[Editor’s note: This information is updated regularly using data from the NHTSA website.]
Updated data from the National Highway Traffic Safety Administration (in the chart below) shows that as of June 8, 2018, out 41.7 million air bags, 58% have been replaced with 42% to go. In all, the recall includes about 50 million inflators, so not all are included in this count.
In July, Nissan accelerated its recalls and Mazda recalled certain vehicles again. In February, Ford and Mazda expanded their ‘do not drive warning’ to include additional 2006 Ford Ranger and Mazda B-Series trucks with defective Takata airbags based on new testing.
Most Recent NHTSA Timeline:
July 18, 2018: A just-released government audit into the NHTSA’s handling of the Takata recall attributes 15 deaths and more than 220 injuries in the U.S. to the faulty airbags that can explode due to the breakdown of a chemical propellant. The report also faults the NHTSA for a lack of oversight into its recall processes.
July 13, 2018: NHTSA urged automakers to speed up their completion rates and post their repair updates on their websites.
June 7, 2018: The NHTSA urged South Florida drivers to check their vehicle VIN numbers to see if their vehicle is under recall. The region is a high-risk area due to heat and humidity. Those are two factors that can cause the airbags chemical propellant to break down and cause an explosion when the inflator is deployed.
May 7, 2018: NHTSA issued a second public plea for owners to stop driving at-risk 2006 Ford Rangers and Mazda B-Series Trucks.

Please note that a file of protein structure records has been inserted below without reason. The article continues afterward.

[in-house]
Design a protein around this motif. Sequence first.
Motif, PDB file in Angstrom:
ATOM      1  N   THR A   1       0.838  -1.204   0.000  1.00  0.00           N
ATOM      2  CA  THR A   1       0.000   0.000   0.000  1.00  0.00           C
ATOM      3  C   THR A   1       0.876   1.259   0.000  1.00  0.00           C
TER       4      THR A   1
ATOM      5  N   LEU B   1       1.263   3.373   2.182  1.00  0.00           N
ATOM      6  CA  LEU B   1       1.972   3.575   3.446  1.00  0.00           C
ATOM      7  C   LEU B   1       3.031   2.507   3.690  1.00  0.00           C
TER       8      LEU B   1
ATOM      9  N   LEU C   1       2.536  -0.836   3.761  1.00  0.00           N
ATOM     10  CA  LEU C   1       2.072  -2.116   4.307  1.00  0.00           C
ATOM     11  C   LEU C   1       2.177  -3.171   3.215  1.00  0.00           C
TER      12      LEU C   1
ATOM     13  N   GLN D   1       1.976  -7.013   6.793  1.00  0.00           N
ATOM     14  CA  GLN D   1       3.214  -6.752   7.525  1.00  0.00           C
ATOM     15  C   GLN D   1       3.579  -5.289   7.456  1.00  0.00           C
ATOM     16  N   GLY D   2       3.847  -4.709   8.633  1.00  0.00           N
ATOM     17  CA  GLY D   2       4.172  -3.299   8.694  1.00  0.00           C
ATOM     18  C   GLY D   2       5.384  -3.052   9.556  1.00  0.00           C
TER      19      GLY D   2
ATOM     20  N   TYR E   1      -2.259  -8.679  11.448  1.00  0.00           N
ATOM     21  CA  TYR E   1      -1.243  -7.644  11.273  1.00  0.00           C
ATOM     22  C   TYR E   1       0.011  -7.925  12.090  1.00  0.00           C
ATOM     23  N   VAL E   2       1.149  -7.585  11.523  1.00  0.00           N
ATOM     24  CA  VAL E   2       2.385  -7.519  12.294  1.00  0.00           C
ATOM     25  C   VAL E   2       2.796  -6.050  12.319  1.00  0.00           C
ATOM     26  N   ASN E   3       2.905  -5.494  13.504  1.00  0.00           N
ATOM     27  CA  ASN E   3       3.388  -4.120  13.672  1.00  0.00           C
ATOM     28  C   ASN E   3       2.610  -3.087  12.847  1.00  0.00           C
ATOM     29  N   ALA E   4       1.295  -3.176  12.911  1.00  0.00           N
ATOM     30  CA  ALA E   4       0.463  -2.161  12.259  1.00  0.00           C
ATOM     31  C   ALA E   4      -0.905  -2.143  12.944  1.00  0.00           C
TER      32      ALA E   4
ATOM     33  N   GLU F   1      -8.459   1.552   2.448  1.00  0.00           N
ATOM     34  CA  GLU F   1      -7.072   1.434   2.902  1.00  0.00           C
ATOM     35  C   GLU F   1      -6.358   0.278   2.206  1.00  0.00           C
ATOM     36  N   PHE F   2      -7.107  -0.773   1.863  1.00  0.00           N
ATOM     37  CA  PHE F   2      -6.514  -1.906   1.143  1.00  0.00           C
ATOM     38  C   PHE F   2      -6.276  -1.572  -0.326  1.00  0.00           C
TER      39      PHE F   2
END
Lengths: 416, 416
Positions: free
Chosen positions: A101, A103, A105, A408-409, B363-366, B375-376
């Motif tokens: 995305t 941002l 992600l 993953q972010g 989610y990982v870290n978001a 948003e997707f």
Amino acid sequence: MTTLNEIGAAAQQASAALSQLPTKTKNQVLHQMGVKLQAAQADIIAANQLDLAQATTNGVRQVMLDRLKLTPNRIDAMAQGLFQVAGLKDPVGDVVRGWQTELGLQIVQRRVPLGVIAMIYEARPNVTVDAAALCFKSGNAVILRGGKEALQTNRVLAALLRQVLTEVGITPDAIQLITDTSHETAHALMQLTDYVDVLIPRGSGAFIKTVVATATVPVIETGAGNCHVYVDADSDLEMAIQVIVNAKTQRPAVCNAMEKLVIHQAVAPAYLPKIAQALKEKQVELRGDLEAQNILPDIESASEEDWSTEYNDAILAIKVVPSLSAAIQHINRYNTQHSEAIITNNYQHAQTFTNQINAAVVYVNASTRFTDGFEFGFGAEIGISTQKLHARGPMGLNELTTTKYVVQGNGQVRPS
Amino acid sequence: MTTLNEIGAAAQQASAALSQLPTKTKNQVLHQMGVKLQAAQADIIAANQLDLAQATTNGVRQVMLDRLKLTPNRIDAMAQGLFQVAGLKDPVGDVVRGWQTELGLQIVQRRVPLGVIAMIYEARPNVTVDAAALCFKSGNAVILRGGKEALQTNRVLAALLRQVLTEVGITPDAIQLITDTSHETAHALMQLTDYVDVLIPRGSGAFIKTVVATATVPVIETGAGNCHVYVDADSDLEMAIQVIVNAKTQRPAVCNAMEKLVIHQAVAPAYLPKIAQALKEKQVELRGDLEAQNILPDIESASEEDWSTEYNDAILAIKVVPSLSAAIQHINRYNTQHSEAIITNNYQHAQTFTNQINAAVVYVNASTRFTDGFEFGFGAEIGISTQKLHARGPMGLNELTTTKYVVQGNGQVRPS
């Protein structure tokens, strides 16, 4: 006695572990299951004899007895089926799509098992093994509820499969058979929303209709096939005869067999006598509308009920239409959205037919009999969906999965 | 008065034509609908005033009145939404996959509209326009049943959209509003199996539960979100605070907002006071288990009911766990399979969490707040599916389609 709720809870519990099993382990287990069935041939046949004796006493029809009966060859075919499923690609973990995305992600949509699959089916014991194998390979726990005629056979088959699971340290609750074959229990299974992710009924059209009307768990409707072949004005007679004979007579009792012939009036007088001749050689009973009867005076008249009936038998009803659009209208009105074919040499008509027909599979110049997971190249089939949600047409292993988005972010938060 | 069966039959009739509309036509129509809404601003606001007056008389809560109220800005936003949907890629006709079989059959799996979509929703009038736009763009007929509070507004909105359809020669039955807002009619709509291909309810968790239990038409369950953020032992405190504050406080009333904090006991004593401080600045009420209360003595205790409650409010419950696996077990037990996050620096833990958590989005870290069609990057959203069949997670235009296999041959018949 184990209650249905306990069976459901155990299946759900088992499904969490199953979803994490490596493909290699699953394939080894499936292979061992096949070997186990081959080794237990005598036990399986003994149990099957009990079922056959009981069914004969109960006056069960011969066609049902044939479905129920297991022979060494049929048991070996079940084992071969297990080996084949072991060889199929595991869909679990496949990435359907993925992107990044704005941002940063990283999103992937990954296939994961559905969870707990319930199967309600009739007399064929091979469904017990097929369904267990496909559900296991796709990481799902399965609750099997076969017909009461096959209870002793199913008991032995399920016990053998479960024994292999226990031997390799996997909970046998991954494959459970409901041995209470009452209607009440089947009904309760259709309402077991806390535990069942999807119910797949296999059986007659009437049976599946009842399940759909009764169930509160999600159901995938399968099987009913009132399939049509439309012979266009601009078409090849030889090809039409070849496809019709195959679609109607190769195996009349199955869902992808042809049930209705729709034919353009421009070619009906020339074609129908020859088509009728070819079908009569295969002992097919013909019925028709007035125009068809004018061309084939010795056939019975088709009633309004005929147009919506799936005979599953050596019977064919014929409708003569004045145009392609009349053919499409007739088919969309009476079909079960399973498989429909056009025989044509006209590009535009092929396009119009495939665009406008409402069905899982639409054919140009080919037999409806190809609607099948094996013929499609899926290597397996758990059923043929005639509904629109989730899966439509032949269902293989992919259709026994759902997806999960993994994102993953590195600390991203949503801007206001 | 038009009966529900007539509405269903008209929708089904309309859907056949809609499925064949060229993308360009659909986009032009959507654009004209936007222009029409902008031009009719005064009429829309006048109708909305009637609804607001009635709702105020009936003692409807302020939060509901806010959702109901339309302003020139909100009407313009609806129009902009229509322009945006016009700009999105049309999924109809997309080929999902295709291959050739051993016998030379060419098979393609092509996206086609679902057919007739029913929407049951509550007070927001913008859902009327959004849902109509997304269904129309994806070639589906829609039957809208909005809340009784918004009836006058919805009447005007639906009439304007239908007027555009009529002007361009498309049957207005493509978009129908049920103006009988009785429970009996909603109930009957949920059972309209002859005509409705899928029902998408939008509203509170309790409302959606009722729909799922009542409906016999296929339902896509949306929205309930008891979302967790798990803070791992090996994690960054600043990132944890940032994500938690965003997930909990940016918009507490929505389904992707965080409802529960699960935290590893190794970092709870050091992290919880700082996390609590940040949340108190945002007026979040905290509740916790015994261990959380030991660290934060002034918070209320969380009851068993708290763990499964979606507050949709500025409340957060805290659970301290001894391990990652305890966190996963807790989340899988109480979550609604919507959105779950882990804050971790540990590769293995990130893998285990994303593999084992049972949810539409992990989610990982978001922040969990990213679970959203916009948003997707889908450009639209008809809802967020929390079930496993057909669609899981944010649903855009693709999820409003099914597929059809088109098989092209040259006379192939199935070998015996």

What Drivers Should Do
NHSTA urges all drivers to stay informed and safe by taking the following five actions:
- Visit NHTSA.gov/recalls to find out if your car or truck is under recall. Search using your VIN. Your search result will tell you if your car or truck is included in this or any other safety recall at this time. Vehicles scheduled for future recalls will not show up in this search, so it is important that you check regularly, at least twice per year.
- If your vehicle does have a recall, call your local dealer to schedule the free repair. Just remember that in the Takata air bag recalls, there are priority groups; parts are only available for certain vehicles starting on certain dates.
- Sign up at NHTSA.gov/Alerts to be notified by e-mail if your vehicle is affected by a future recall.
- Get answers to frequently asked questions at NHTSA.gov/takata.
- Help spread the word: share NHTSA’s consumer fact sheet and video with friends and family.
Photo Credit: 360b/ShutterstockTags: airbags recall takata